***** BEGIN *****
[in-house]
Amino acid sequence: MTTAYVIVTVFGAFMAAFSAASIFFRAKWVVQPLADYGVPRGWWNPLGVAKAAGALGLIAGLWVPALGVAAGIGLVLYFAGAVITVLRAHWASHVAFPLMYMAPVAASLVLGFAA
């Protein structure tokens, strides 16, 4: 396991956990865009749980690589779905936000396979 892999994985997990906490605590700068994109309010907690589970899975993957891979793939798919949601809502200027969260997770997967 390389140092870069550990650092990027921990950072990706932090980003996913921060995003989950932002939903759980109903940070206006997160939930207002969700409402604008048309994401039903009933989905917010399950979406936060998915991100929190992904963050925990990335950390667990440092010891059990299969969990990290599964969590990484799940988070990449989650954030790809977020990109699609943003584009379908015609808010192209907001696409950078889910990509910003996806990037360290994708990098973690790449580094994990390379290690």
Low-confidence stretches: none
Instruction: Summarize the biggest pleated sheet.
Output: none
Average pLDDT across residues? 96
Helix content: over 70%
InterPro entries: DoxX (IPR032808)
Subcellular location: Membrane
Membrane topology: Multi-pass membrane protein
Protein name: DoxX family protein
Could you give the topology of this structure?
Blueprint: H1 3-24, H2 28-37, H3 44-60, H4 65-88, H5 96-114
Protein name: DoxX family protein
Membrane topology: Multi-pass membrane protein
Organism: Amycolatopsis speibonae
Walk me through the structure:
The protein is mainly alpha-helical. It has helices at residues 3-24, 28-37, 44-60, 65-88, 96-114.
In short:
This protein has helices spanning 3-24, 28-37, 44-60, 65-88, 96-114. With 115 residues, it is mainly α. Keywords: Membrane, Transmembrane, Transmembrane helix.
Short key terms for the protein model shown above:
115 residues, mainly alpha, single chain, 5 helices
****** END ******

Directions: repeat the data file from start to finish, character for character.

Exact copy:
[in-house]
Amino acid sequence: MTTAYVIVTVFGAFMAAFSAASIFFRAKWVVQPLADYGVPRGWWNPLGVAKAAGALGLIAGLWVPALGVAAGIGLVLYFAGAVITVLRAHWASHVAFPLMYMAPVAASLVLGFAA
């Protein structure tokens, strides 16, 4: 396991956990865009749980690589779905936000396979 892999994985997990906490605590700068994109309010907690589970899975993957891979793939798919949601809502200027969260997770997967 390389140092870069550990650092990027921990950072990706932090980003996913921060995003989950932002939903759980109903940070206006997160939930207002969700409402604008048309994401039903009933989905917010399950979406936060998915991100929190992904963050925990990335950390667990440092010891059990299969969990990290599964969590990484799940988070990449989650954030790809977020990109699609943003584009379908015609808010192209907001696409950078889910990509910003996806990037360290994708990098973690790449580094994990390379290690």
Low-confidence stretches: none
Instruction: Summarize the biggest pleated sheet.
Output: none
Average pLDDT across residues? 96
Helix content: over 70%
InterPro entries: DoxX (IPR032808)
Subcellular location: Membrane
Membrane topology: Multi-pass membrane protein
Protein name: DoxX family protein
Could you give the topology of this structure?
Blueprint: H1 3-24, H2 28-37, H3 44-60, H4 65-88, H5 96-114
Protein name: DoxX family protein
Membrane topology: Multi-pass membrane protein
Organism: Amycolatopsis speibonae
Walk me through the structure:
The protein is mainly alpha-helical. It has helices at residues 3-24, 28-37, 44-60, 65-88, 96-114.
In short:
This protein has helices spanning 3-24, 28-37, 44-60, 65-88, 96-114. With 115 residues, it is mainly α. Keywords: Membrane, Transmembrane, Transmembrane helix.
Short key terms for the protein model shown above:
115 residues, mainly alpha, single chain, 5 helices